Hiddenbrooke, an upscale neighborhood in American Canyon between Napa and Vallejo, is another cool longboarding place with very very smooth streets and very steep big hills, many of which end onto upward roads. There is little traffic being a residential community distant from urban zones.
Longboarding in Mountain View, Monterrey & Carmel
South of the city, in Mountain View, Stevens Creek Trail is a well-known longboarding spot with smooth roads and some hills, although few riders
Much further South, the Monterrey and Carmel area has quite a few good spots to go longboard riding. Jack’s Peak is a popular longboarding spot with great slopes and super smooth pavement for fast freeride and downhill. Be aware there is some car traffic as well as pedestrians as this is a hiking trail.
Another nearby spot is Arroyo Trail, a short hill with variable smoothness but very little traffic, a mild turn and an ample straight section downhill, great for technical freeride longboarding.
Longboarding in San Francisco when it rains
Sometimes it can rain heavily in the Bay Area during a few weeks, in which case you’ll want to look for some indoor spots to go riding. Parking lots are generally your best bet.
Braille’s headquarters in San Leandro is one option, though you’d need to check with them beforehand if and when you can drop by for some skating. You may also be able to ride in the parking lot of Target in downtown Sunnyvale – which doesn’t seem to mind skaters. In contrast, other places like Oakridge Mall will likely kick you out if you try longboarding in their parking lot.
That’s all I have, hope you’ll find this article helpful the next time you want to go longboarding in the Bay Area!
Featured photo: “Pushing” (CC BY 2.0) by
Downhill photo by Josh Boehlke – Twin Peaks Lookout Point
Thursday 13th of October 2022
Thanks for the write up! I live in Berkeley and am looking to buy my first longboard for commuting and recreation. I'm curious what boards you'd recommend for riding the local streets. I won't be riding the steep hills, but want a board that's stable enough for the moderate inclines that are common around here. Do you think the Loaded Poke or Omakase would be a good choice? What boards did you ride while here in the Bay?
Thursday 13th of October 2022
Hey Drew, that was a while ago can't remember what I was riding back then, but the Omakase is a great all-around board, super smooth and very stable. It's wider than average and it rolls over any cracks and bumps. Still one of my favorite - and I've ridden a LOT of boards :) Also love the Loaded Ballona but it's much smaller, very portable and nimble but not as stable at moderate speed. I got in-depth reviews on the Omakase, the Ballona, the Coyote (in between the 2), and pretty much every Loaded boards as I'm a big fan! Also working on building a brand new and exhaustive longboard selector in case you want to check it out - the information on each board is still basic at the moment but I'll be fleshing that out. Lemme know your thoughts! All the best Jesse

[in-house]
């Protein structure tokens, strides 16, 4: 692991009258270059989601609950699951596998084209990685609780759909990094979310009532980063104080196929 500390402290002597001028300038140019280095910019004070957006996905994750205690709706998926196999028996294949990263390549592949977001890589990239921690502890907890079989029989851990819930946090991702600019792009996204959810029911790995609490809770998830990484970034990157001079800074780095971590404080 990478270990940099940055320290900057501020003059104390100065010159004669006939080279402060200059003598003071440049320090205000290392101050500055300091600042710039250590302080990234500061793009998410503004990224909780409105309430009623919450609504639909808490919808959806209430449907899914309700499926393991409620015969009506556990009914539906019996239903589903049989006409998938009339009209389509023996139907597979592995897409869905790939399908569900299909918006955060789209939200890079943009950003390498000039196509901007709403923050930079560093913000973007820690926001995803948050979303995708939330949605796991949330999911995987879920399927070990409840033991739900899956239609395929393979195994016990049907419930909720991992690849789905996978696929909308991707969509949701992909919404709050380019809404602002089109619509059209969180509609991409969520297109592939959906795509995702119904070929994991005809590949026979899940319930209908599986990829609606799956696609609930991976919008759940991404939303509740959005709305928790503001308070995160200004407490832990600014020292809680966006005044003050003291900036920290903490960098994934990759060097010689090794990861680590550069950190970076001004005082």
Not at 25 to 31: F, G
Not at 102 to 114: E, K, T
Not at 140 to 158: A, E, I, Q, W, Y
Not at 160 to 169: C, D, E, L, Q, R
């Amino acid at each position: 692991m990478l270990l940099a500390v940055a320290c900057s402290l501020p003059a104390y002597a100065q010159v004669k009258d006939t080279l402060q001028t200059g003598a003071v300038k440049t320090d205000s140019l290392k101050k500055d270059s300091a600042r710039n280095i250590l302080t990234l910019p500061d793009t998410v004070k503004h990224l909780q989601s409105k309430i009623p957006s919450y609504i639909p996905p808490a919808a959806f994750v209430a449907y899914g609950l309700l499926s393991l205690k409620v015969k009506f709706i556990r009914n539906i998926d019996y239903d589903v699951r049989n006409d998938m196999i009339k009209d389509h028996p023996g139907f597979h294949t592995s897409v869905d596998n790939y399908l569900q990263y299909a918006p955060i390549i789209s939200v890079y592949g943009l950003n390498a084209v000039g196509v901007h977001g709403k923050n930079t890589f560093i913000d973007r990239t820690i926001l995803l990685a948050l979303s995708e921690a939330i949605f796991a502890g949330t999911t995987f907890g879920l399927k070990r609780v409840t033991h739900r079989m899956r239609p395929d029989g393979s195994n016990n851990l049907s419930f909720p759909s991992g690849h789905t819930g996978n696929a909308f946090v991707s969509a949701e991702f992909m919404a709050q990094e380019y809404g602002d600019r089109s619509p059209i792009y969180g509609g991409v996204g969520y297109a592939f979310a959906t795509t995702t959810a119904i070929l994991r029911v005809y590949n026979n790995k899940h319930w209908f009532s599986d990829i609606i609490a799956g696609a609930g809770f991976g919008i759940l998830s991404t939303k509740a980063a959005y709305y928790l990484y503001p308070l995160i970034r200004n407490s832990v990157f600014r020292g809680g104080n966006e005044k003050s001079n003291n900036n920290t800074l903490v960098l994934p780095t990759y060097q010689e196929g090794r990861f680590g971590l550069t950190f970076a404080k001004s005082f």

Wednesday 12th of January 2022
Saturday 17th of July 2021
This is wonderful, thank you. Doubtful to be in San Fran anytime soon... I was surfing the web for longboard maps and this was the goal.... if there's an atlas for longboard roads I want it.... if not, then someone needs to publish one.
Snowboarding is where I started and like diamonds mark trails difficulties and out of boundary runs can be the best rides.... you'd think now with Google maps and Google Earth the streets could have an overlaying directional flow and "grade" to provide longboarders what wayppoints make for no-kick cruising.
In search of my perfect road.... knowing each to their own... mine is gentle cascading slopes with continuous downhill flow, some quick spots, but nothing that requires kickout breaking, just an endless smoothly paved road to quietly street surf.
Sunday 18th of July 2021
Hey, awesome idea, we'll think about putting together something like that. Ride on!